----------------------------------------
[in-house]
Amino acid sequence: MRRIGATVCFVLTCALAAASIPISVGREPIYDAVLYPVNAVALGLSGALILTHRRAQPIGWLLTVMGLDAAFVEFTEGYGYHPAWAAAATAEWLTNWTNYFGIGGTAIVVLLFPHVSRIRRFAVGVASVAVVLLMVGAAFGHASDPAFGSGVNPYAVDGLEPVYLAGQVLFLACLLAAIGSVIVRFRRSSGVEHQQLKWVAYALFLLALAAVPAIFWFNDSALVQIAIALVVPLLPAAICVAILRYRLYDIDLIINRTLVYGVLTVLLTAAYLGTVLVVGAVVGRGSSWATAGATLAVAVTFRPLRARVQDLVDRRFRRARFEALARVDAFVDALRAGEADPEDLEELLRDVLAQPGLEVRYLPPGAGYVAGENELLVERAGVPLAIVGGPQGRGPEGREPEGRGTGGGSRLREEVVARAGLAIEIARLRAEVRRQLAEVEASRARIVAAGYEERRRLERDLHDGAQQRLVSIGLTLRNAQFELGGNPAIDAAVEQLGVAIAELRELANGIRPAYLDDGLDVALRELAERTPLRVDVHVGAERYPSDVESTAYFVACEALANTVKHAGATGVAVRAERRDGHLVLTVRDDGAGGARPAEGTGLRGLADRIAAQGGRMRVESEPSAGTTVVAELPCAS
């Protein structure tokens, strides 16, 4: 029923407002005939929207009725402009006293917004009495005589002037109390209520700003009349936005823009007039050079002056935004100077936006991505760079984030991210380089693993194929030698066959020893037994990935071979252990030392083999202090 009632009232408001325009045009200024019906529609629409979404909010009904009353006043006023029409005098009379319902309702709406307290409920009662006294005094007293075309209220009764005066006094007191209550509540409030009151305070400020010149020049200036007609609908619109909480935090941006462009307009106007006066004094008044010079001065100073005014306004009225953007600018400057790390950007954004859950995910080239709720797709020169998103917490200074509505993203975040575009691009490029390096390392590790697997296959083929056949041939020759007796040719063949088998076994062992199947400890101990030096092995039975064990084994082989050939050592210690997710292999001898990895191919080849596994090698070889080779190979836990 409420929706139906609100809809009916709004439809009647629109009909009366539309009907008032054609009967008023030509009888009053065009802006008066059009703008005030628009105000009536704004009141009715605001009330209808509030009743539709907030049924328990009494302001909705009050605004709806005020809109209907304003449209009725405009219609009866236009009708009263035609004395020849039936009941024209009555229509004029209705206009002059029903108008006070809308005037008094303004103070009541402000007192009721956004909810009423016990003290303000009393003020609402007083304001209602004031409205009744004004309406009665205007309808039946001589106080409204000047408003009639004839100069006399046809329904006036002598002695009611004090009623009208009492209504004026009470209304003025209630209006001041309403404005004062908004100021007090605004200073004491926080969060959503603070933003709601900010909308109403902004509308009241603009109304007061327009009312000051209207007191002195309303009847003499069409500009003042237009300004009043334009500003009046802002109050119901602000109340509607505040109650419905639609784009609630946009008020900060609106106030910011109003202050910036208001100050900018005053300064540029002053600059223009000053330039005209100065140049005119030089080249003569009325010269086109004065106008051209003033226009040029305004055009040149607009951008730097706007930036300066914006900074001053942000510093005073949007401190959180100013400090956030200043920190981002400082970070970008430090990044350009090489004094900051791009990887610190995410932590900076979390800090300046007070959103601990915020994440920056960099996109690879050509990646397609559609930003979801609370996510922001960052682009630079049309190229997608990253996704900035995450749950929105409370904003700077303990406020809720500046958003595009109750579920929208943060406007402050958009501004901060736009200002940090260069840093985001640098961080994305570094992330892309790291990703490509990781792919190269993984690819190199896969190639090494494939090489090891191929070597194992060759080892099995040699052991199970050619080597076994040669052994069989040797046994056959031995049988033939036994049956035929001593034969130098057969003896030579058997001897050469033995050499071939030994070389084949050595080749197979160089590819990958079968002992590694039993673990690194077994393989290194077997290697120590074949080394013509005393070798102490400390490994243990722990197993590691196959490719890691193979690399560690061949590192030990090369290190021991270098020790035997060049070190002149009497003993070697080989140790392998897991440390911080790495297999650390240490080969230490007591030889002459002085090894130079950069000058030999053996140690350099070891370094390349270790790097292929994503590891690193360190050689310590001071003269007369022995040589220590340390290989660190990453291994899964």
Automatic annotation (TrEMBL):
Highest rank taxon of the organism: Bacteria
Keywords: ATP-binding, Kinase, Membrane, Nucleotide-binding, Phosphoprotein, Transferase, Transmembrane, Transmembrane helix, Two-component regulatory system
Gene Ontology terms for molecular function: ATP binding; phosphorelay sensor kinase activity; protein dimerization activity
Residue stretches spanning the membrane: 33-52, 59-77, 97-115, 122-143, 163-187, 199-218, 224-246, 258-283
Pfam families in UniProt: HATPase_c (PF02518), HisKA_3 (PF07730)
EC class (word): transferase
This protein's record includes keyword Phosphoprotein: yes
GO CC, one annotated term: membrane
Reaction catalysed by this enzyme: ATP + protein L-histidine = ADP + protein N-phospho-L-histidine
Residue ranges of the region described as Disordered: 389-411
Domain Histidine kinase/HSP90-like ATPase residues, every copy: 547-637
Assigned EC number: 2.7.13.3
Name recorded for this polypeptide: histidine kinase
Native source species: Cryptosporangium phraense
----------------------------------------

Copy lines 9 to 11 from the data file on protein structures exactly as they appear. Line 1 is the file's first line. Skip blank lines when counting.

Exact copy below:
Pfam families in UniProt: HATPase_c (PF02518), HisKA_3 (PF07730)
EC class (word): transferase
This protein's record includes keyword Phosphoprotein: yes